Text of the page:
THOMPSON v. COKERAnnotate this Case
THOMPSON v. COKER
1925 OK 591
241 P. 486
112 Okla. 268
Case Number: 15401
Supreme Court of Oklahoma
¶0 1. Deeds--Invalidity of Illiterate Indian's Deed Fraudulently Obtained--Reformation.
Where an illiterate Indian is induced by false and fraudulent representations to sign a certain warranty deed, under the belief that he was signing a contract authorizing defendant to employ attorneys to represent him in a cause then pending in court, and to look after and protect the Indian's interests therein, and it appearing there was no negligence on the Indian's part, such deed is absolutely void and conveys no title to the grantee, and such instrument will be reformed in equity to speak the truth.
2. Evidence--Failure to Testify Construed as Admission.
Where fraud in the procurement of the execution of a deed is alleged and the plaintiff introduces evidence to support the allegations of fraud, and the defendant does not testify or offer any evidence to controvert the plaintiff's evidence, the infirmative inferences against the defendant from his failure to testify do not create independent facts in favor of the contention of the plaintiff, but when that side definitely asserts the existence of a fact, which the suppressing party could readily disprove, if it were false, such evidence as can be produced in favor of the contention made will be judged in connection with the circumstances of the suppression. A failure to testify is, therefore, in the nature of an admission by conduct, as well as a deliberative fact of subjective relevancy.
3. Same--Presumption from Silence.
Where it lies within the power of a party to an action to produce evidence upon an issue, and he fails, the presumption follows that the evidence, if produced, would be unfavorable to the cause of such party.
4. Same--Failure of Defendant to Testify in Action to Reform Instrument on Ground of Fraud.
In a trial of an action to reform a contract, or written instrument, for fraud and misrepresentation as the procuring cause of the execution of the instrument, where the plaintiff produces evidence of facts and circumstances sufficient to make prima facie proof that the execution of such instrument was procured by fraud and misrepresentation, the failure of the defendant, although present in court, to offer proof or explanation of such facts and circumstances tending to show that his part in such transaction was an honest one, affords strong evidence of fraud.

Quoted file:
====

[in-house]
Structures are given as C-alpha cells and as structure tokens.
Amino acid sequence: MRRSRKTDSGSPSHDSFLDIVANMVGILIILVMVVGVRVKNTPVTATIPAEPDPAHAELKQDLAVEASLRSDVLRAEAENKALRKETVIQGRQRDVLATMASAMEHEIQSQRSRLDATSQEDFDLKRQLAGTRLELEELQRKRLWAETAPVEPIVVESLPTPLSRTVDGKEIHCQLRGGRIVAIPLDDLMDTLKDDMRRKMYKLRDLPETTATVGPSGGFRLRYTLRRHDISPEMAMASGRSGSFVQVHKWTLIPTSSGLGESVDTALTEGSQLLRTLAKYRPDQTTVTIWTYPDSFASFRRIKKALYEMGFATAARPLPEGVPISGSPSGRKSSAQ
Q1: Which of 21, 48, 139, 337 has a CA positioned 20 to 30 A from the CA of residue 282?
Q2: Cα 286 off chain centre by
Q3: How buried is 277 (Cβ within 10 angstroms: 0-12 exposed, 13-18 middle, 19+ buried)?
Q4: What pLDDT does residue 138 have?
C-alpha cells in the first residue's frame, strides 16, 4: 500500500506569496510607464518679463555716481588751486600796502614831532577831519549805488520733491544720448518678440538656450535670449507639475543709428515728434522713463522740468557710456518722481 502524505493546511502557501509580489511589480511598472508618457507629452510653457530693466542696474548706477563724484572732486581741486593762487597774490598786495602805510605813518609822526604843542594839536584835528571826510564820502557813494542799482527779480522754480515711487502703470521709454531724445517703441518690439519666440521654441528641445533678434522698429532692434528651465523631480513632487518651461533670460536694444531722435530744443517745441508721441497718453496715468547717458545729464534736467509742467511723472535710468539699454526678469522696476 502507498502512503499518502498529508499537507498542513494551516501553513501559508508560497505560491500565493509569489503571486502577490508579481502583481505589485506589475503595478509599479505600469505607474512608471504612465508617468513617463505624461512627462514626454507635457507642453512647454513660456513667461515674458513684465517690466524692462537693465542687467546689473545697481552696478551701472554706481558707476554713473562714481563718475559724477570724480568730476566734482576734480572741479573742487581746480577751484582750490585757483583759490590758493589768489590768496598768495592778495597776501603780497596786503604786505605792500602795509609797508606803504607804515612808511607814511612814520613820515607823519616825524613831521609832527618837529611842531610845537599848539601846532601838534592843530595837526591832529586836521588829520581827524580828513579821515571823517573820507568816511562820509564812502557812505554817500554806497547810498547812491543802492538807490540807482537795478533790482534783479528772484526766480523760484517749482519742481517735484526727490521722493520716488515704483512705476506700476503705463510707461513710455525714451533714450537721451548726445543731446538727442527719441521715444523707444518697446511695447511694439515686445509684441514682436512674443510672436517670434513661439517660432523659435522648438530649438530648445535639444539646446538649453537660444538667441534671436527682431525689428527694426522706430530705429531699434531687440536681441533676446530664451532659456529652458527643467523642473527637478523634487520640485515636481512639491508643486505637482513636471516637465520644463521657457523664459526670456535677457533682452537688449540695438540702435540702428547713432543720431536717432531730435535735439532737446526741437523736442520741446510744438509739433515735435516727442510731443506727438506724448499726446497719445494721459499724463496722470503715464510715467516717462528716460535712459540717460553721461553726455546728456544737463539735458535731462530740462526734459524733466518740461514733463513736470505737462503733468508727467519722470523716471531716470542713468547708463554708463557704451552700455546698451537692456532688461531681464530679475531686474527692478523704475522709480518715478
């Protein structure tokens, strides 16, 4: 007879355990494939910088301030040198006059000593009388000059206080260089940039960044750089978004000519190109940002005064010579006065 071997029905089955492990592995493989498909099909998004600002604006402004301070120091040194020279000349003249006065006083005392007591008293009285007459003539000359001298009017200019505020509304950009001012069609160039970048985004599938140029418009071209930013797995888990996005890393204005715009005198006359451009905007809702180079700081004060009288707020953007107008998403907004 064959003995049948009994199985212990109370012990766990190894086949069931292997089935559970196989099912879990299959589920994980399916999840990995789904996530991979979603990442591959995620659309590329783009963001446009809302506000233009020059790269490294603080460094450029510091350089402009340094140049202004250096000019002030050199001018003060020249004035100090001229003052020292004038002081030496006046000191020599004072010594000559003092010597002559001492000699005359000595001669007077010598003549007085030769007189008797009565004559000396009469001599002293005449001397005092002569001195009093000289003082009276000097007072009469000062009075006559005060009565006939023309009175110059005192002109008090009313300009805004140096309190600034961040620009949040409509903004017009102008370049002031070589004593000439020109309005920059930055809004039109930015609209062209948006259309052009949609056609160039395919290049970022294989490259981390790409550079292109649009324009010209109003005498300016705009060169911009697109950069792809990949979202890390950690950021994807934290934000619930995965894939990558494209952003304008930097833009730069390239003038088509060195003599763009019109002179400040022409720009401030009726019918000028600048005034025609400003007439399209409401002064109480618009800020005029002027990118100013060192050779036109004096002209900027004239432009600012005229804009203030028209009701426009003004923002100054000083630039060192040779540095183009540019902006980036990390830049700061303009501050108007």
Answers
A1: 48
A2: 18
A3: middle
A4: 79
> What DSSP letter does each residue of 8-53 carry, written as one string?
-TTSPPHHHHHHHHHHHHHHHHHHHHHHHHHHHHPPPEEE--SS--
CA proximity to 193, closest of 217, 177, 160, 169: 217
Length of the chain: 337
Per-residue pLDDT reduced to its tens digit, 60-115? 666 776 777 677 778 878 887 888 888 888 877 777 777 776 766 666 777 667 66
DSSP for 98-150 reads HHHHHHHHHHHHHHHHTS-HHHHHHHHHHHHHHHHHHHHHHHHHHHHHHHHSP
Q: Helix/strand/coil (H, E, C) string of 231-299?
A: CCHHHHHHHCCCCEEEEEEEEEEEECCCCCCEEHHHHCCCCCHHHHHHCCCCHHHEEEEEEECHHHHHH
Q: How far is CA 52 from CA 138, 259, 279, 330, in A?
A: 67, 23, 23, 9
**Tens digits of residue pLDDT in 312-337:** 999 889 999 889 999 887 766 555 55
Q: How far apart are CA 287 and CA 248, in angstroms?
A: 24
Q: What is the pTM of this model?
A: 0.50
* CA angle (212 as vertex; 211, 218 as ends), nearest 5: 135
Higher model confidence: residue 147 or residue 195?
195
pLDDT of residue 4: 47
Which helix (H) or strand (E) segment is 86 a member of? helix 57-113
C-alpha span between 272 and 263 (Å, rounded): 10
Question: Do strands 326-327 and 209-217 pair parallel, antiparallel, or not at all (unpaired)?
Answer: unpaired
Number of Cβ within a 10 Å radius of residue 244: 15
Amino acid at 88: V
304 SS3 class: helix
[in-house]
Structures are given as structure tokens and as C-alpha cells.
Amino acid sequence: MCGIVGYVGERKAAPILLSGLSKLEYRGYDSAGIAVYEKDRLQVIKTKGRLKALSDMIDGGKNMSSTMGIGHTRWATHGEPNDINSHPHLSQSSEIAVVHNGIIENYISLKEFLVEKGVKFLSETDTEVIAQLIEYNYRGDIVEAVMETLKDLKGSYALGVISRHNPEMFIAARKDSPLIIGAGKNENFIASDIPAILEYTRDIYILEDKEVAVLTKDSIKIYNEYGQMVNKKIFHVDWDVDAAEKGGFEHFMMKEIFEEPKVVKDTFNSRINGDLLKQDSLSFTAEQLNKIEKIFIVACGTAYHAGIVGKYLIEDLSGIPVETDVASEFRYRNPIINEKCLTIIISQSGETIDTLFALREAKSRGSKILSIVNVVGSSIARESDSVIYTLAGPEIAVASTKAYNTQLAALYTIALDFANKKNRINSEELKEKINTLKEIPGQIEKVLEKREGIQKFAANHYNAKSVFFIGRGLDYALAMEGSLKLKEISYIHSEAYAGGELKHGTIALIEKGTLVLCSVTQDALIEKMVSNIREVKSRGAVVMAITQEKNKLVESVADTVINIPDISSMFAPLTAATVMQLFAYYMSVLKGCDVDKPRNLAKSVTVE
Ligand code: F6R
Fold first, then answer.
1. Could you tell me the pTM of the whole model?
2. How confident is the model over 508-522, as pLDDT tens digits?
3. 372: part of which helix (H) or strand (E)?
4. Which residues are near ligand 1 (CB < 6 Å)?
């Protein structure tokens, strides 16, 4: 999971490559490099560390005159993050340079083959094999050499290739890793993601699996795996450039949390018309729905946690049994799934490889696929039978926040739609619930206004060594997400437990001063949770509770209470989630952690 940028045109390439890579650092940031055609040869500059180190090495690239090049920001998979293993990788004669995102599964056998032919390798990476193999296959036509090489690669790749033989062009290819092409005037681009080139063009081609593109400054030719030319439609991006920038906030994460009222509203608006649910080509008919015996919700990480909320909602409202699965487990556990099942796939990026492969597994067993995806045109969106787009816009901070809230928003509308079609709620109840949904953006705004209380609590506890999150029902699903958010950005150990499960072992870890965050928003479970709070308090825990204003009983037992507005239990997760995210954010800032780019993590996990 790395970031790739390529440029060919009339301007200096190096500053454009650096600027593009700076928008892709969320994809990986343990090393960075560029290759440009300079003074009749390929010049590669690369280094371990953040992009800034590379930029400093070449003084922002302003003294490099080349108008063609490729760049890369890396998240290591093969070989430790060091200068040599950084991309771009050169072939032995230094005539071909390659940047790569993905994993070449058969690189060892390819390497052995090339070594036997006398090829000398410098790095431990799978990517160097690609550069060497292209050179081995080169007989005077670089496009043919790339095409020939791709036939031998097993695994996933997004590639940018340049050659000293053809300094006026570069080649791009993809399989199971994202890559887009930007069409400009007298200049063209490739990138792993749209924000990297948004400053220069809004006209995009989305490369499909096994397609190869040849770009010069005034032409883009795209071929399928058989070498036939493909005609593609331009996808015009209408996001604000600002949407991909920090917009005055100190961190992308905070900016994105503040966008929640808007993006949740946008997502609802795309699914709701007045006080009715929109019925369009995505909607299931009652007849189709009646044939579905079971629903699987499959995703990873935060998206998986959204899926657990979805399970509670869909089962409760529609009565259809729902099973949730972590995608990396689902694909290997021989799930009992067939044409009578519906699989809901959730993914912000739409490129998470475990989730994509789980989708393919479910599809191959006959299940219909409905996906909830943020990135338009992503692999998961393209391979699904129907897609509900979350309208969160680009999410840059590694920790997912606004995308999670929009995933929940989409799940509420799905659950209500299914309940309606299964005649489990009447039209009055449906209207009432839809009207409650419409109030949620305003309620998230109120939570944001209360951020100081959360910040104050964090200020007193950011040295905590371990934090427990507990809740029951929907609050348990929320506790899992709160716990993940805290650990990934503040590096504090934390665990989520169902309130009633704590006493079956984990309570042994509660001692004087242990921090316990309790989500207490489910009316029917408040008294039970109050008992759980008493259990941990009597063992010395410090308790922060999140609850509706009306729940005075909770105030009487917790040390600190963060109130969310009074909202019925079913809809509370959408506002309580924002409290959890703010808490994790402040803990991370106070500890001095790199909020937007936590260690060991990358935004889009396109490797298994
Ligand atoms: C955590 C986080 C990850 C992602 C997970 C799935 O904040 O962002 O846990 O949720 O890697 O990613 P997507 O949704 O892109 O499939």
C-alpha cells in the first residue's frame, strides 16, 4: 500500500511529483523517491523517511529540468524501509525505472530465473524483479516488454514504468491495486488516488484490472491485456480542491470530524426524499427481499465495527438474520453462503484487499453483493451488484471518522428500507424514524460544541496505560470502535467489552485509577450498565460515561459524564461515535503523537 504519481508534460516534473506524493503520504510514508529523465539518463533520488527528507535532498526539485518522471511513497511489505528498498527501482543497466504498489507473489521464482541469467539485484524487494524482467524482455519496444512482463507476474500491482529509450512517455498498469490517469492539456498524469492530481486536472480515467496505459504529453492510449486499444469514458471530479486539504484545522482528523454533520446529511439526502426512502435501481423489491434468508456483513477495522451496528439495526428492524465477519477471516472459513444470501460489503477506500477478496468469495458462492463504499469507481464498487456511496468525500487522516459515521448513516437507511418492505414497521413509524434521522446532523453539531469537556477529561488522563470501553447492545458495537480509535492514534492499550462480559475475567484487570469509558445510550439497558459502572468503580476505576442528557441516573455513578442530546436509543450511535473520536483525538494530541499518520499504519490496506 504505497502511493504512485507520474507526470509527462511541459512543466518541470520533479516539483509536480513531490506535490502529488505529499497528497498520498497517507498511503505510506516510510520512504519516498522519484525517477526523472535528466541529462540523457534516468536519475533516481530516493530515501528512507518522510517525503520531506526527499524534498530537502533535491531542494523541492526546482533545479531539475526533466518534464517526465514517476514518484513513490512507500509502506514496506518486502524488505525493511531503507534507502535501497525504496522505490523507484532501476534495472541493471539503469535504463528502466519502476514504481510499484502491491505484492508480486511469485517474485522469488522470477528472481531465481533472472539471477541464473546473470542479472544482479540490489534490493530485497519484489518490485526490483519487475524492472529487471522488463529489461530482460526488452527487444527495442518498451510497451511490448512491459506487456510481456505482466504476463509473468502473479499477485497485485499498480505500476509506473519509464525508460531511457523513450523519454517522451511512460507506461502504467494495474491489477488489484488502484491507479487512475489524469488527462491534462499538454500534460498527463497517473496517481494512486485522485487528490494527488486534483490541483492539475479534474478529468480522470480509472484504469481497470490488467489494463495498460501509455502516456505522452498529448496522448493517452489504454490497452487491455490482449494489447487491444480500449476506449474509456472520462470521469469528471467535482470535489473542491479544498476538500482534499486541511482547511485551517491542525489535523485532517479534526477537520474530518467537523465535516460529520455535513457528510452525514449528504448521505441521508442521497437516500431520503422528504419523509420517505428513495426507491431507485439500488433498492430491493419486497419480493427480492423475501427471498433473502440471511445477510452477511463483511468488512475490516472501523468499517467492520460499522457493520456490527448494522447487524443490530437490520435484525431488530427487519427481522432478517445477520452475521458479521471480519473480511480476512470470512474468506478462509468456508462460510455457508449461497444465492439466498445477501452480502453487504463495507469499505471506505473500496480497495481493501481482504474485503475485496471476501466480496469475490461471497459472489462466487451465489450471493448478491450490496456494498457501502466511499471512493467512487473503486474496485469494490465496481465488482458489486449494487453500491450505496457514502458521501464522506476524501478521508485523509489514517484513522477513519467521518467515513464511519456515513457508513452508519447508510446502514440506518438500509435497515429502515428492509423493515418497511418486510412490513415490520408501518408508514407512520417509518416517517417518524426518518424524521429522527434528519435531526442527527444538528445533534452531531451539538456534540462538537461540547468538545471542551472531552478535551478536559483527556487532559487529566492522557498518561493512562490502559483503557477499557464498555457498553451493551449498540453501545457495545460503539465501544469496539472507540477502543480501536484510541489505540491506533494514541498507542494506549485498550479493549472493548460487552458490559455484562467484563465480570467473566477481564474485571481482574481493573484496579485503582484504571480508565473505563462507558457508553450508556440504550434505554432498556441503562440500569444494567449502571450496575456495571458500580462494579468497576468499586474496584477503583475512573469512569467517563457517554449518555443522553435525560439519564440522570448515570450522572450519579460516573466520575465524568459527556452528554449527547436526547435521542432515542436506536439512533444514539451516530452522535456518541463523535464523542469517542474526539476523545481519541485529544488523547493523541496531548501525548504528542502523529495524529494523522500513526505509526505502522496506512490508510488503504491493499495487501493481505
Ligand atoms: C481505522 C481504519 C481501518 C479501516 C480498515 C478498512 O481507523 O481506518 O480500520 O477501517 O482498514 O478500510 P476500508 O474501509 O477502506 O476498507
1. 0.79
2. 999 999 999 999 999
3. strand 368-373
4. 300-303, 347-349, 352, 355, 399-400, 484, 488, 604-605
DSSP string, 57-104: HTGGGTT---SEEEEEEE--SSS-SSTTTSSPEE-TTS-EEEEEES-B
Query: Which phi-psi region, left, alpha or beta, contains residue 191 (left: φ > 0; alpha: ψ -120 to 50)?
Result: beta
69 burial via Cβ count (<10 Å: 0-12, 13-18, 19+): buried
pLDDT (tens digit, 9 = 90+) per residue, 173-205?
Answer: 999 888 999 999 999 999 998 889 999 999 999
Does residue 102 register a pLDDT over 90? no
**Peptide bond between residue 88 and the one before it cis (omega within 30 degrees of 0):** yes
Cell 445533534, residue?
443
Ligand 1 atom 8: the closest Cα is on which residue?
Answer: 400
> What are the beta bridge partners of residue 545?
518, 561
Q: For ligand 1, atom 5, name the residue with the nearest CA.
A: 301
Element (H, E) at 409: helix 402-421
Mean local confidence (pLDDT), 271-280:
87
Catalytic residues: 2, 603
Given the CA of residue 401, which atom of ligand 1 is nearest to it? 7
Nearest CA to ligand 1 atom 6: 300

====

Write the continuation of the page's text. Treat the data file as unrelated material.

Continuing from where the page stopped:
5. Appeal and Error--Sufficiency of Evidence--Review of Equity Case.In cases of purely equitable cognizance, when the findings
and judgment of the court are not clearly against the weight of the evidence, the same will not be disturbed on appeal because of alleged insufficiency of the evidence.
6. Same--Burden to Show Error--Admission of Incompetent Evidence.
In cases tried to the court, where complaint is made that incompetent evidence was admitted, unless it is shown and clearly pointed out wherein such incompetent evidence was clearly considered and used by the court in arriving at its judgment, no reversible error is presented, unless it can be said, upon the whole case, that there was not competent evidence in the record reasonably tending to support the judgment based thereon.
7. Same--Sufficiency of Evidence.
Where there is any competent evidence reasonably tending to sustain the judgment of the trial court, the same will not be disturbed on appeal.
Commissioners' Opinion, Division No. 3.
Error from District Court, Okfuskee County; John L. Norman, Judge.
Action by Charles Coker against J. E. Thompson. Judgment for plaintiff, and defendant appeals. Affirmed.
J. W. Wright, C. T. Huddleston, and Logan Stephenson, for plaintiff in error.
Martin L. Francis, James C. Davis, and R. P. Hill, for defendant in error.
¶1 The parties to this action will be designated as they appeared in the trial court. The plaintiff, Charley Coker, brought his action against defendant, J. E. Thompson, to reform a contract, and for accounting of monies received by defendant for royalties and sale of certain lands. Plaintiff is a Creek Indian and heir of Emma Coker, deceased, and his petition alleges Emma Coker's distributive share of the lands of the Creek Indian Tribe was the "N.W. 1/4 of section 16, twp. 8 north, range 7 E. I. M." That on April 15, 1915, the United States commenced its suit in behalf of the Creek Tribe for the purpose of canceling and annulling the deeds of patents conveying land to a large number of the members of the Creek Tribe. The style of the case in the United States District Court being U.S. of America v. Nettie Lena, Alias Emma Coker, et al. (naming all defendants) equity No. 2165. That prior to the institution of the suit, plaintiff claimed and asserted a valid subsisting interest in and to the lands, and all royalties, rents, issues and profits arising therefrom. And after the institution of the suit by the United States, plaintiff employed reputable attorneys to represent him and protect his interests.